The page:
If you follow the world of search engine optimization (SEO), content marketing and Google’s ongoing efforts to regulate its search engine results, you probably felt a great disturbance in the force on Jan. 20.
Matt Cutts, the head of Google’s Webspam team, issued a strongly-worded statement that writing guest blogs as an SEO strategy was “dead.” He warned website publishers to think twice about hosting guest posts from writers they don’t personally know, and that writers who rely on guest posting as a primary means of gaining online exposure and links back to their own sites should quit doing it.
To Cutts, the popular practice of guest blogging simply has become too watered down with unsavory characters who post poorly written articles on low-quality, spammy sites for Google to continue recognizing those links as valuable “votes” for ranking sites in Google’s search results.
But what about the vast number of large brands, website publishers, and freelance writers who have long used guest blogging as a way to expand their online reach by having their work featured on other sites? Should they really quit contributing articles to other sites altogether? On the surface, Cutts’ proclamation seemed to be a big blow for those publishers and writers who have relied on guest blogging to spread their names and work online, but, on closer inspection, Cutts’ statement left plenty of room for brands and website publishers to continue on the road of guest blogging, as long as they avoid some potentially dangerous pot holes along the way.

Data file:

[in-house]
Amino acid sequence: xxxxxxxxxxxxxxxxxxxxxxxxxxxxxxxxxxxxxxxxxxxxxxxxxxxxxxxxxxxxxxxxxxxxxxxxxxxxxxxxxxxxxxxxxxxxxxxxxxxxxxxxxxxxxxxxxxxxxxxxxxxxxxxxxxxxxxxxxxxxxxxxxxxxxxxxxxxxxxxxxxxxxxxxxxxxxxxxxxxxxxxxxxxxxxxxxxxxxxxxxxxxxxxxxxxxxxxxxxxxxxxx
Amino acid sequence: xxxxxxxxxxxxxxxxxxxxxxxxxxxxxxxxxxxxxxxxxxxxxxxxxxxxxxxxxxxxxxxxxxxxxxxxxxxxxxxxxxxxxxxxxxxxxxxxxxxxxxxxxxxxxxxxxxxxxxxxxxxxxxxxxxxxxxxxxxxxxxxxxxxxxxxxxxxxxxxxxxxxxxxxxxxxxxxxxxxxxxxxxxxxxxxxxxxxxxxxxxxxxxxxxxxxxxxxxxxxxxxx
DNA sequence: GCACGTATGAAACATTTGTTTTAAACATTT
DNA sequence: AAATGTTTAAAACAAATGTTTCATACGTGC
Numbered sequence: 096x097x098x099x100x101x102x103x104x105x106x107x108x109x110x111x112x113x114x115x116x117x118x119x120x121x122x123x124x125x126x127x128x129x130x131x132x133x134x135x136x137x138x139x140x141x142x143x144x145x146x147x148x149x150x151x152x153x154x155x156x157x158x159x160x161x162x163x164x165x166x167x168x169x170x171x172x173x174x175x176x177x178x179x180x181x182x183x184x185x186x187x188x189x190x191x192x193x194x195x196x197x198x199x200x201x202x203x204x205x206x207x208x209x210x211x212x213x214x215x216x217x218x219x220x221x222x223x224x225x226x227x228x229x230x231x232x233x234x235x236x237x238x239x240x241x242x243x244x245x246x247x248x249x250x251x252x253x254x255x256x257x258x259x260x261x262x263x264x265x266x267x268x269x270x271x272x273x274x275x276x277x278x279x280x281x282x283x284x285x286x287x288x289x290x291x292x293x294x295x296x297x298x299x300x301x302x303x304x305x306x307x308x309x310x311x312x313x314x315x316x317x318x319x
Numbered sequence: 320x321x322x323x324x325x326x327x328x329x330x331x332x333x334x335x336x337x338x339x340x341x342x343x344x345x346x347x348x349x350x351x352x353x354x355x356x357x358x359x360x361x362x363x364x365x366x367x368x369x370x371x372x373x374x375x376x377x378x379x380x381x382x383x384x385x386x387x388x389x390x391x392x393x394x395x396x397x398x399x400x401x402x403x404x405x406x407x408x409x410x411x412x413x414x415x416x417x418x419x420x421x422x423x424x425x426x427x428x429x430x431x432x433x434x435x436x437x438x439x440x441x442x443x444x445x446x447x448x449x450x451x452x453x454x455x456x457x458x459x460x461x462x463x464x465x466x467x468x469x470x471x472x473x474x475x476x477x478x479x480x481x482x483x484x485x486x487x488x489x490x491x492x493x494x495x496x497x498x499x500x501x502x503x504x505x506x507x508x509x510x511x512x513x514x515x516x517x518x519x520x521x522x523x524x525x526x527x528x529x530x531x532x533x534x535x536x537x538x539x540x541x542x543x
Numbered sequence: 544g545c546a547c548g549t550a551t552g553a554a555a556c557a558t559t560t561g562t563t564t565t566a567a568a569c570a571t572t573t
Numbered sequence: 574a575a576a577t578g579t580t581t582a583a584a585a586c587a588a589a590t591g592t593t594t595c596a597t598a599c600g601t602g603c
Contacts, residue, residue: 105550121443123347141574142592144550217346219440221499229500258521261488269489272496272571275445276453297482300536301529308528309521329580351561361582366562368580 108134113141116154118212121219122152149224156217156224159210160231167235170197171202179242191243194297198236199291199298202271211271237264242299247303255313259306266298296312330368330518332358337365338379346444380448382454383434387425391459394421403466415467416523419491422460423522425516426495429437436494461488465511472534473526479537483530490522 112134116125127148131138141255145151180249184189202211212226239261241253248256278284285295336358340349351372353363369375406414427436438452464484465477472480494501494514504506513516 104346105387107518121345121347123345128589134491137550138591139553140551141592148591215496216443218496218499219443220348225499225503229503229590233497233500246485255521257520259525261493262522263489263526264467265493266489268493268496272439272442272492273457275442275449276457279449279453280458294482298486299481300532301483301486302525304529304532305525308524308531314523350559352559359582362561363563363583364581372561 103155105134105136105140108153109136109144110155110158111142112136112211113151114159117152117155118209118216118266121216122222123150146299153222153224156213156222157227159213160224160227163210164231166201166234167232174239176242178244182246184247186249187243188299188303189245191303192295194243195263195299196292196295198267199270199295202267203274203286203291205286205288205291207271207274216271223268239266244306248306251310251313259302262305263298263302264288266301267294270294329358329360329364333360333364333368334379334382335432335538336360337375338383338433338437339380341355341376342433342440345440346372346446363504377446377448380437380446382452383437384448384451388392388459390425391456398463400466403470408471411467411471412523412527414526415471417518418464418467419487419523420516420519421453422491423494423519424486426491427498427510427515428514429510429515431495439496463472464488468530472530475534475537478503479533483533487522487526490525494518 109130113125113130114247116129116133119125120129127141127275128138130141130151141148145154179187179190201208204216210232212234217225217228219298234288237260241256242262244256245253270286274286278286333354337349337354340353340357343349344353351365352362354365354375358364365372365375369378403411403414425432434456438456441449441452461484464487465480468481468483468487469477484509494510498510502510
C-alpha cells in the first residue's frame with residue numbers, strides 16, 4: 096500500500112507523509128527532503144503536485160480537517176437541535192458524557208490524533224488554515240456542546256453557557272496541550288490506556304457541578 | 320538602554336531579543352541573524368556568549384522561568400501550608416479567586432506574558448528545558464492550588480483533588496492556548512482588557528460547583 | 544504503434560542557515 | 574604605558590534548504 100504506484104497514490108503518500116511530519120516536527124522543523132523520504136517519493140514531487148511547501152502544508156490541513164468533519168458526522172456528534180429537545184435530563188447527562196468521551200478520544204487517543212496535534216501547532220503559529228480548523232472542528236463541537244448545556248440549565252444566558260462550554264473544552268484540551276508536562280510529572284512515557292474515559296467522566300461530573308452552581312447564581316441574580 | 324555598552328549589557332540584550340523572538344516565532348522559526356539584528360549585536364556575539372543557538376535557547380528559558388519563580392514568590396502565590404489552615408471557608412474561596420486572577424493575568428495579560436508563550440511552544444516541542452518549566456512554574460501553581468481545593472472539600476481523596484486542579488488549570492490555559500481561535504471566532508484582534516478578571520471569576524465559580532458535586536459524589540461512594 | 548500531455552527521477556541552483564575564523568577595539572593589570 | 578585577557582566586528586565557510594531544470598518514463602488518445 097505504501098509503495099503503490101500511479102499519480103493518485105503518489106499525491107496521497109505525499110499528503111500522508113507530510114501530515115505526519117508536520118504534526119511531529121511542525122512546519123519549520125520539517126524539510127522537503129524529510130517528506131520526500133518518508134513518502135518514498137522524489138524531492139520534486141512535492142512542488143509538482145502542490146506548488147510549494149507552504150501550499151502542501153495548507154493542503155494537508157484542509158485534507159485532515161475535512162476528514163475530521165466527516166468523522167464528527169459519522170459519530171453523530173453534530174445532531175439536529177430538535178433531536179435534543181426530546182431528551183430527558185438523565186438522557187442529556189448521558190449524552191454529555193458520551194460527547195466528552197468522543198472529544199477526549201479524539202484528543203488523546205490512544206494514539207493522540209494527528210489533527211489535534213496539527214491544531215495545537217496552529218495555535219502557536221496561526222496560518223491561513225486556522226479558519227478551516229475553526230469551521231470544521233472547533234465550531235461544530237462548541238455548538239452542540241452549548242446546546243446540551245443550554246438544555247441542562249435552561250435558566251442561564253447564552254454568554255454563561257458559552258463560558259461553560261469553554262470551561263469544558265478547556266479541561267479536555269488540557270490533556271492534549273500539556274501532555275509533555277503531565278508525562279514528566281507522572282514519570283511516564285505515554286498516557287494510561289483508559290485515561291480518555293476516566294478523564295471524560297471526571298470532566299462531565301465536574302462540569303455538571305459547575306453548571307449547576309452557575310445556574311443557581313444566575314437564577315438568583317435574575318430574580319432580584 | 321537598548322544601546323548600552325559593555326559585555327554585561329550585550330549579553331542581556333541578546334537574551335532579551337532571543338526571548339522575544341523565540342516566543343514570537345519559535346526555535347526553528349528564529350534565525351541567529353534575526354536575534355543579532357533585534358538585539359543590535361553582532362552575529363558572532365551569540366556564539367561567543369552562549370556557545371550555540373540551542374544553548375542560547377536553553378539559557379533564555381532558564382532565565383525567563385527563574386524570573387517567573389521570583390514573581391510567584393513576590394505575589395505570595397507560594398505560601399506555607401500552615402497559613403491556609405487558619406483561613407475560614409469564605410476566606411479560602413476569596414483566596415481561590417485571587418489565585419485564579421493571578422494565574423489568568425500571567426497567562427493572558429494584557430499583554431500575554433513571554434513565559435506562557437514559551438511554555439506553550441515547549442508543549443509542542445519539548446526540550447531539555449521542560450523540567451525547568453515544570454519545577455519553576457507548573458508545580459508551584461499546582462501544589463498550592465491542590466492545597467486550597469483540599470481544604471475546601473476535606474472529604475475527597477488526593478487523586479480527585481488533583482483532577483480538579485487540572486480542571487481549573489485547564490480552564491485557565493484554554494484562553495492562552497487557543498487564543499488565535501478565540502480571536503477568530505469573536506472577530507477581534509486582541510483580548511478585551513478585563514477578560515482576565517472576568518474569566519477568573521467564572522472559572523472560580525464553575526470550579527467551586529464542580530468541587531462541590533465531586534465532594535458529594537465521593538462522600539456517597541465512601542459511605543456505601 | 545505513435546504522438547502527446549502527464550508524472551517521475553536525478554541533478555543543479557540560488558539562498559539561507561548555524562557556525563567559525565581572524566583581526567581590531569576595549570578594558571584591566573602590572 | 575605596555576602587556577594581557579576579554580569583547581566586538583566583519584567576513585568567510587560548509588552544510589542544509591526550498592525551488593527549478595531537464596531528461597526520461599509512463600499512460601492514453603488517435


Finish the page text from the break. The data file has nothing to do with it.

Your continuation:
Improve Your Guest Blogging Approach
Without a doubt, there is still great value in guest blogging for large brands and website publishers who want to get their work in front of new and larger audiences. By guest blogging, writers are able to share their insights with a different, and possibly larger, audience. Also, site publishers are able to feature additional and new voices on their sites, which brings real value to site visitors.
However, brands, publishers, and writers should pay close attention to where they post their articles, and to who else is posting there to help ensure that their guest blogging work does not run afoul of Google’s guidelines. For more on Covario’s current position on guest blogging, download our POV here.
Also, by building real relationships with bloggers and site publishers, writers can create a broad network of sites where they feature their work, building engagement with readers, and increasing their exposure online. Writers should avoid contributing to low-quality sites that appear designed only for hosting guest blogs and focus instead on contributing to legitimate sites that offer valuable content to readers.
By sticking to these “good neighborhoods” online, brands and writers can gain valuable exposure, and earn links back to their websites.
So, while you may have heard otherwise lately, guest blogging is not “dead.” By sticking to high-quality sites and surrounding themselves with reputable writers and publishers, guest bloggers can keep on writing.